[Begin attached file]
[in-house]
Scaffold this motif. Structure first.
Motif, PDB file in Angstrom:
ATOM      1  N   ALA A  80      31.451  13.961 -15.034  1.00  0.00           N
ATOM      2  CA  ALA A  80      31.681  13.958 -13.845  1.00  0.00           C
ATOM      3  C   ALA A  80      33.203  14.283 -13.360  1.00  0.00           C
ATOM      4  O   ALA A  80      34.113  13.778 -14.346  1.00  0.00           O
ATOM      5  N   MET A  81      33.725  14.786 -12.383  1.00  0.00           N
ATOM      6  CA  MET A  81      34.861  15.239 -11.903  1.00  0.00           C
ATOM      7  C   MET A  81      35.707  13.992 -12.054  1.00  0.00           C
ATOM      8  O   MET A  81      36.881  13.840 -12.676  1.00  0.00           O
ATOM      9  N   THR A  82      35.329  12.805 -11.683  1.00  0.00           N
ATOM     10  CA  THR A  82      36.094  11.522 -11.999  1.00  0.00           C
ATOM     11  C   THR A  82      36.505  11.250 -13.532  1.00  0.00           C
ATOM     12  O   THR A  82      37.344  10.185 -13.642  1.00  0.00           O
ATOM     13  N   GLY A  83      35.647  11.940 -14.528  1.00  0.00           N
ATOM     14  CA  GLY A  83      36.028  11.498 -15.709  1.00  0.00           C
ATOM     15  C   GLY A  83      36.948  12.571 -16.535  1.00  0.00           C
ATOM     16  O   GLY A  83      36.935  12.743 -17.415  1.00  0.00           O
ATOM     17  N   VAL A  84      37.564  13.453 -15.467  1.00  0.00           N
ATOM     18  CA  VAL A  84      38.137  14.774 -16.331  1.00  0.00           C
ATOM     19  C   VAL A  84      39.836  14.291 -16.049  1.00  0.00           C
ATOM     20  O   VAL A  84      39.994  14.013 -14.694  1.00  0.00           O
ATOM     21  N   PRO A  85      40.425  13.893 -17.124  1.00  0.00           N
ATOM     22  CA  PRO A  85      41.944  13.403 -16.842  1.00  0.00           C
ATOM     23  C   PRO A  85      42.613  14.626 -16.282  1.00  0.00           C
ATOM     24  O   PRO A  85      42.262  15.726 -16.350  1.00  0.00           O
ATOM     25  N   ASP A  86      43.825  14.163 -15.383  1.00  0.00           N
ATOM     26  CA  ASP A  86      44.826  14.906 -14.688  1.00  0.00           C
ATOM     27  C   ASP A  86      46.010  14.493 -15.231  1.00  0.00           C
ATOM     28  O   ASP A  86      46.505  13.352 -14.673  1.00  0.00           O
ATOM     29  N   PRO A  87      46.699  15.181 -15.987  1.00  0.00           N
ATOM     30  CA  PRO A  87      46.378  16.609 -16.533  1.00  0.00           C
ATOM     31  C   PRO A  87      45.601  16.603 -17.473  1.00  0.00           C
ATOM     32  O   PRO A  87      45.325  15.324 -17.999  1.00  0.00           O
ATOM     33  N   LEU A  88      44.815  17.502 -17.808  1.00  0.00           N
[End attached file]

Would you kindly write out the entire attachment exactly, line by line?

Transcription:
[in-house]
Scaffold this motif. Structure first.
Motif, PDB file in Angstrom:
ATOM      1  N   ALA A  80      31.451  13.961 -15.034  1.00  0.00           N
ATOM      2  CA  ALA A  80      31.681  13.958 -13.845  1.00  0.00           C
ATOM      3  C   ALA A  80      33.203  14.283 -13.360  1.00  0.00           C
ATOM      4  O   ALA A  80      34.113  13.778 -14.346  1.00  0.00           O
ATOM      5  N   MET A  81      33.725  14.786 -12.383  1.00  0.00           N
ATOM      6  CA  MET A  81      34.861  15.239 -11.903  1.00  0.00           C
ATOM      7  C   MET A  81      35.707  13.992 -12.054  1.00  0.00           C
ATOM      8  O   MET A  81      36.881  13.840 -12.676  1.00  0.00           O
ATOM      9  N   THR A  82      35.329  12.805 -11.683  1.00  0.00           N
ATOM     10  CA  THR A  82      36.094  11.522 -11.999  1.00  0.00           C
ATOM     11  C   THR A  82      36.505  11.250 -13.532  1.00  0.00           C
ATOM     12  O   THR A  82      37.344  10.185 -13.642  1.00  0.00           O
ATOM     13  N   GLY A  83      35.647  11.940 -14.528  1.00  0.00           N
ATOM     14  CA  GLY A  83      36.028  11.498 -15.709  1.00  0.00           C
ATOM     15  C   GLY A  83      36.948  12.571 -16.535  1.00  0.00           C
ATOM     16  O   GLY A  83      36.935  12.743 -17.415  1.00  0.00           O
ATOM     17  N   VAL A  84      37.564  13.453 -15.467  1.00  0.00           N
ATOM     18  CA  VAL A  84      38.137  14.774 -16.331  1.00  0.00           C
ATOM     19  C   VAL A  84      39.836  14.291 -16.049  1.00  0.00           C
ATOM     20  O   VAL A  84      39.994  14.013 -14.694  1.00  0.00           O
ATOM     21  N   PRO A  85      40.425  13.893 -17.124  1.00  0.00           N
ATOM     22  CA  PRO A  85      41.944  13.403 -16.842  1.00  0.00           C
ATOM     23  C   PRO A  85      42.613  14.626 -16.282  1.00  0.00           C
ATOM     24  O   PRO A  85      42.262  15.726 -16.350  1.00  0.00           O
ATOM     25  N   ASP A  86      43.825  14.163 -15.383  1.00  0.00           N
ATOM     26  CA  ASP A  86      44.826  14.906 -14.688  1.00  0.00           C
ATOM     27  C   ASP A  86      46.010  14.493 -15.231  1.00  0.00           C
ATOM     28  O   ASP A  86      46.505  13.352 -14.673  1.00  0.00           O
ATOM     29  N   PRO A  87      46.699  15.181 -15.987  1.00  0.00           N
ATOM     30  CA  PRO A  87      46.378  16.609 -16.533  1.00  0.00           C
ATOM     31  C   PRO A  87      45.601  16.603 -17.473  1.00  0.00           C
ATOM     32  O   PRO A  87      45.325  15.324 -17.999  1.00  0.00           O
ATOM     33  N   LEU A  88      44.815  17.502 -17.808  1.00  0.00           N